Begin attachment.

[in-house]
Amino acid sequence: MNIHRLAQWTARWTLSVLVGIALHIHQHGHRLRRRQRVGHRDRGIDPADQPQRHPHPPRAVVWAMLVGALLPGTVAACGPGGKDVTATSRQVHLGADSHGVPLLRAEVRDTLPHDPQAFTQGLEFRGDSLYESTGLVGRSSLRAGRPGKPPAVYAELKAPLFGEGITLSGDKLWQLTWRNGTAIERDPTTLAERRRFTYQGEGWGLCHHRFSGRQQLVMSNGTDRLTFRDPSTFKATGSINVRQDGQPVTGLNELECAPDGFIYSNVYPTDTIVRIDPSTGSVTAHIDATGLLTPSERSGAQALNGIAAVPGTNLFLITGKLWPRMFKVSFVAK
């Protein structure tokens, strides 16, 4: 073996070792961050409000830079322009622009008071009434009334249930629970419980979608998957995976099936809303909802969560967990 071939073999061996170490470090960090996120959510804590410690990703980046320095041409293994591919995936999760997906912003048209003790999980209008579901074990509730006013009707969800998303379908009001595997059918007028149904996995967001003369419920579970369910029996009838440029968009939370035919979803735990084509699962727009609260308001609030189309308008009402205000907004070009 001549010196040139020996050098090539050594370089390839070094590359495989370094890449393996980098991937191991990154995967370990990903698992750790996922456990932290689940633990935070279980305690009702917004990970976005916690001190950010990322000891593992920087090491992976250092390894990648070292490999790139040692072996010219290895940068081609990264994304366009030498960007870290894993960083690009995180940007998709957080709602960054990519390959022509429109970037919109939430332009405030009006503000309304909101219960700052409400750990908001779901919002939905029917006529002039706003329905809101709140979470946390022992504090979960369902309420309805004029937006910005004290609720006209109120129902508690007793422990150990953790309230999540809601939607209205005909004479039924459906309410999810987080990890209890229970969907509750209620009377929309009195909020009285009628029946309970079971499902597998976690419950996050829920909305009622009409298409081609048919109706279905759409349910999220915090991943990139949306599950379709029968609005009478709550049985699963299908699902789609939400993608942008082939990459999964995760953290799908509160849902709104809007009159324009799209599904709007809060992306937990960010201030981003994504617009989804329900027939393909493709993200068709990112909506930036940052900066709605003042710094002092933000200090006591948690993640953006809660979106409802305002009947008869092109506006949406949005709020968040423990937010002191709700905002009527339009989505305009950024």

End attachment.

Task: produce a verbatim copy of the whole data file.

[in-house]
Amino acid sequence: MNIHRLAQWTARWTLSVLVGIALHIHQHGHRLRRRQRVGHRDRGIDPADQPQRHPHPPRAVVWAMLVGALLPGTVAACGPGGKDVTATSRQVHLGADSHGVPLLRAEVRDTLPHDPQAFTQGLEFRGDSLYESTGLVGRSSLRAGRPGKPPAVYAELKAPLFGEGITLSGDKLWQLTWRNGTAIERDPTTLAERRRFTYQGEGWGLCHHRFSGRQQLVMSNGTDRLTFRDPSTFKATGSINVRQDGQPVTGLNELECAPDGFIYSNVYPTDTIVRIDPSTGSVTAHIDATGLLTPSERSGAQALNGIAAVPGTNLFLITGKLWPRMFKVSFVAK
């Protein structure tokens, strides 16, 4: 073996070792961050409000830079322009622009008071009434009334249930629970419980979608998957995976099936809303909802969560967990 071939073999061996170490470090960090996120959510804590410690990703980046320095041409293994591919995936999760997906912003048209003790999980209008579901074990509730006013009707969800998303379908009001595997059918007028149904996995967001003369419920579970369910029996009838440029968009939370035919979803735990084509699962727009609260308001609030189309308008009402205000907004070009 001549010196040139020996050098090539050594370089390839070094590359495989370094890449393996980098991937191991990154995967370990990903698992750790996922456990932290689940633990935070279980305690009702917004990970976005916690001190950010990322000891593992920087090491992976250092390894990648070292490999790139040692072996010219290895940068081609990264994304366009030498960007870290894993960083690009995180940007998709957080709602960054990519390959022509429109970037919109939430332009405030009006503000309304909101219960700052409400750990908001779901919002939905029917006529002039706003329905809101709140979470946390022992504090979960369902309420309805004029937006910005004290609720006209109120129902508690007793422990150990953790309230999540809601939607209205005909004479039924459906309410999810987080990890209890229970969907509750209620009377929309009195909020009285009628029946309970079971499902597998976690419950996050829920909305009622009409298409081609048919109706279905759409349910999220915090991943990139949306599950379709029968609005009478709550049985699963299908699902789609939400993608942008082939990459999964995760953290799908509160849902709104809007009159324009799209599904709007809060992306937990960010201030981003994504617009989804329900027939393909493709993200068709990112909506930036940052900066709605003042710094002092933000200090006591948690993640953006809660979106409802305002009947008869092109506006949406949005709020968040423990937010002191709700905002009527339009989505305009950024």